Senior Directs “Our Lady of 121st Street” At Holden
By Brianda Reyes ’14, News Section Editor
Exploring racial and social stereotypes and the nature of human connection, a 12-person cast performed “Our Lady of 121st Street” at the Holden Theater from October 28-30. Under the direction of Estefania Colon ’11, the play focuses on the aftermath of events that follows the theft of the dead body of the beloved Sister Rose. Colon will incorporate her experience directing the play, as well as the reactions of the actors and audience, into her senior thesis.

Colon’s thesis revolves around how the audience and actors receive a play with gender, racial and sexuality issues as they explored and adapted to the characters. Due to strong stereotypes and, in some characters’ cases, traumatic experiences, the actors had to separate themselves from their characters.

“I was curious to see how people would receive [the play] because it had a lot of stereotypes,” said Colon.

The process to direct “Our Lady of 121st Street” began when Colon decided to major in theatre. Knowing that she would be directing for her thesis, she began to brainstorm possibilities for her play in the second semester of her junior year, finally coming up with six, which she then brought before the theater board. After eliminating some choices because they were not deep enough and others because they had been performed too recently, together Colon and the theatre board settled on “Our Lady”.

“I was looking for a play that focused on real issues, that was deep in psychology,” Colon said.

Colon faced a difficulty when the play, originally scheduled to be performed in November, was changed to October. She was afraid that she would not be able to find enough people to audition to be able to fit all of the characters. However, she managed to find a cast she enjoyed working with.

The play was entirely under Colon’s direction; however, she was not without help. She cites the department’s specialist in play direction and also her thesis advisor, Assistant Professor Ron Bashford, as essential to the success of the play. Bashford helped cast, design and polish many of the character portrayals. However, Colon had the las say about all final decisions about the creative aspects of the play.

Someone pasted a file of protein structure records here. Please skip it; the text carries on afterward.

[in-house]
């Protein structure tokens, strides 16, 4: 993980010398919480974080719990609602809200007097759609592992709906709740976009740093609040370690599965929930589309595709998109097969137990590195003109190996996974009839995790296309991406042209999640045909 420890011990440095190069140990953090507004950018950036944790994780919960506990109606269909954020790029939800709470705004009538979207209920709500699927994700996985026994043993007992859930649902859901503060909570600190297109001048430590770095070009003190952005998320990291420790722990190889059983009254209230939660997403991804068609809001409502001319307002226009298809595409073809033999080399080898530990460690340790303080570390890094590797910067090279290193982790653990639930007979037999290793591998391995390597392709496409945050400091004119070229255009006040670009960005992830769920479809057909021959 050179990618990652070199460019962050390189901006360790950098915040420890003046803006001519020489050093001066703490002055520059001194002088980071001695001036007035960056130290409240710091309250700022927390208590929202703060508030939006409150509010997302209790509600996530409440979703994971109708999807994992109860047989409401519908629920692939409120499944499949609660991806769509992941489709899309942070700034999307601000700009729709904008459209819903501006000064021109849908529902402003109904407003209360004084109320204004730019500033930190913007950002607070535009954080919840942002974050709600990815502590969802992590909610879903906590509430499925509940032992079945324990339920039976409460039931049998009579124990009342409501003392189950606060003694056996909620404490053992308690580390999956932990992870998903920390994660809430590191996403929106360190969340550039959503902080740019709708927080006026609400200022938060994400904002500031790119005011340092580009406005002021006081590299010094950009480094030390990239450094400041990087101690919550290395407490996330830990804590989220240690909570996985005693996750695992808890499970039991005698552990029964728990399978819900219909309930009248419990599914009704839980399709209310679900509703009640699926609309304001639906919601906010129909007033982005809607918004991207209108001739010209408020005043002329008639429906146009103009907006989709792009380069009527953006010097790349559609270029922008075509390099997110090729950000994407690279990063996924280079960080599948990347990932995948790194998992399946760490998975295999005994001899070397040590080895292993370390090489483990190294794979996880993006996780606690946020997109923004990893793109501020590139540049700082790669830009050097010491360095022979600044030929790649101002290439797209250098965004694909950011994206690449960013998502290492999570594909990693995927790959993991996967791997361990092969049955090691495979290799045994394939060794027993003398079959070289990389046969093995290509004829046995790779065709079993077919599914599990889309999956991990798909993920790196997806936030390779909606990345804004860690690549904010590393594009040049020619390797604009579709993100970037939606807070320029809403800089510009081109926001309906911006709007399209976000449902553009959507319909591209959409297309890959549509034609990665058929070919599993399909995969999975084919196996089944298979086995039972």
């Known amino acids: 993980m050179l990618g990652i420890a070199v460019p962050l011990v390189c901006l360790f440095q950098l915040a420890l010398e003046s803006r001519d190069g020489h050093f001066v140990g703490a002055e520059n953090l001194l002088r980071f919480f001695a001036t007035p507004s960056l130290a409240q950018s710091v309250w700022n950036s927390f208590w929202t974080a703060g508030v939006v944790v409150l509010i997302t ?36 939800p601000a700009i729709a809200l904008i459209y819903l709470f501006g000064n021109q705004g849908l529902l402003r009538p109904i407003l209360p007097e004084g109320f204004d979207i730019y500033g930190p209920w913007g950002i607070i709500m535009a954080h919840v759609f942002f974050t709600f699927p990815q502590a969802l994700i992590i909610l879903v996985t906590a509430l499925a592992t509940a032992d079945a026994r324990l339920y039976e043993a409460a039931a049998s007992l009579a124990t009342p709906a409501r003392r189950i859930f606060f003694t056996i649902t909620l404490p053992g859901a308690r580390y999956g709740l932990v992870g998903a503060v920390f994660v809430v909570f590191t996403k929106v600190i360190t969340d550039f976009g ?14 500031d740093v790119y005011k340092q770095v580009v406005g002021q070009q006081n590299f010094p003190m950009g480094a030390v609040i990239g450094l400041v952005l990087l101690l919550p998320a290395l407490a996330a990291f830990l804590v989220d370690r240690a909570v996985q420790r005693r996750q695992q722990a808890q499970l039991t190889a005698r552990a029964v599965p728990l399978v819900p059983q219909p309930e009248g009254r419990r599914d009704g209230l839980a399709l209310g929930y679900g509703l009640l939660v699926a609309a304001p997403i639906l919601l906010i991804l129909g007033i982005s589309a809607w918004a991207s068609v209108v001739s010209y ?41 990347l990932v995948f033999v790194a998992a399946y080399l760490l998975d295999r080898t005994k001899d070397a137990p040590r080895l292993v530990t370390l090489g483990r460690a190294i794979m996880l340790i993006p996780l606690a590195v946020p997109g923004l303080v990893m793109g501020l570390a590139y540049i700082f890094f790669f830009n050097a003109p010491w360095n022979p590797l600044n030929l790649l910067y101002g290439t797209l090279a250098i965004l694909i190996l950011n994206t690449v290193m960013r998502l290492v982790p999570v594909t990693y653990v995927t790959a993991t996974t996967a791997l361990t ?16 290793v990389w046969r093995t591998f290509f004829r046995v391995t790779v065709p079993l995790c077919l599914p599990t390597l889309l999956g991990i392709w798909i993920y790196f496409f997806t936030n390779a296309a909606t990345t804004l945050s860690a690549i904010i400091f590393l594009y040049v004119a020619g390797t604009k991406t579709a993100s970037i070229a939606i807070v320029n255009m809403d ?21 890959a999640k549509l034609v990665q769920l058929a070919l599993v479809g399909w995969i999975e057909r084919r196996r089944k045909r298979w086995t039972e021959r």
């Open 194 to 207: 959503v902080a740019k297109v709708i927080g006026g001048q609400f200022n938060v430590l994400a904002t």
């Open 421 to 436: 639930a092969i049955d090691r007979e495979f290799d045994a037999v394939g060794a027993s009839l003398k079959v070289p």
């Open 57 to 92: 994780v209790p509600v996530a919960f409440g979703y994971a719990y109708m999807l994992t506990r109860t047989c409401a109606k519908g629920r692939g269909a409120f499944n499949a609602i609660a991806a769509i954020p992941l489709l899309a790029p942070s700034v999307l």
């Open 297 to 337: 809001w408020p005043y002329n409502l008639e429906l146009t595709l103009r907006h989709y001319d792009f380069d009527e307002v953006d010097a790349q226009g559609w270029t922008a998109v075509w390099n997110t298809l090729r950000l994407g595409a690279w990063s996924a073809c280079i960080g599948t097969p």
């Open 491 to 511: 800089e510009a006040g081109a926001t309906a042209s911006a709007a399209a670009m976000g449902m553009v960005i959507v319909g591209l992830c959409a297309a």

“While I did give her lots of advice, the execution and creative decisions were hers alone,” Bashford said. “Estefania proved especially adept at applying broad principles to specific creative problems, which is just what she needed to be able to do.”

In order to gather feedback from the audience, Colon scheduled post-performance discussion sessions which were held immediately after the performance. During these discussions, Colon asked the audience a few questions which she could use to gauge their reactions to the play.

“During the post-show discussion, Estefania was able to collect more nuanced observations from audience members,” Bashford said. “There were quite interesting discussions, about racial stereotypes in particular.”

The actors were also deeply affected by the play, in which they played characters such as a homosexual actor, an alcoholic policeman and a war veteran Catholic priest. With such roles exploring such different situations, the actors had to set aside their pre-established perceptions and adapt to their characters. Shanika Audige ’12 played the role of Inez, an angry, “urban” black woman.

“Being Inez scared me most of the time because I’ve seen her character before in my own life, in my own family,” Audige said. “In playing the role of Inez I had to come to terms with the questions: So what if you are the stereotype? Does that define you? And the answer is no.”

Colon will continue her feedback-gathering process by joining with different student groups to discuss the stereotypes and ideas which the play explores. The positive reactions from the audience reflected not only their enjoyment of the play, but also their artistic appreciation for it.

“It shocked me how well it was received,” Colon said. “I was really impressed with how the pieces of the puzzle came together.”

Issue 08, Submitted 2010-11-03 02:53:20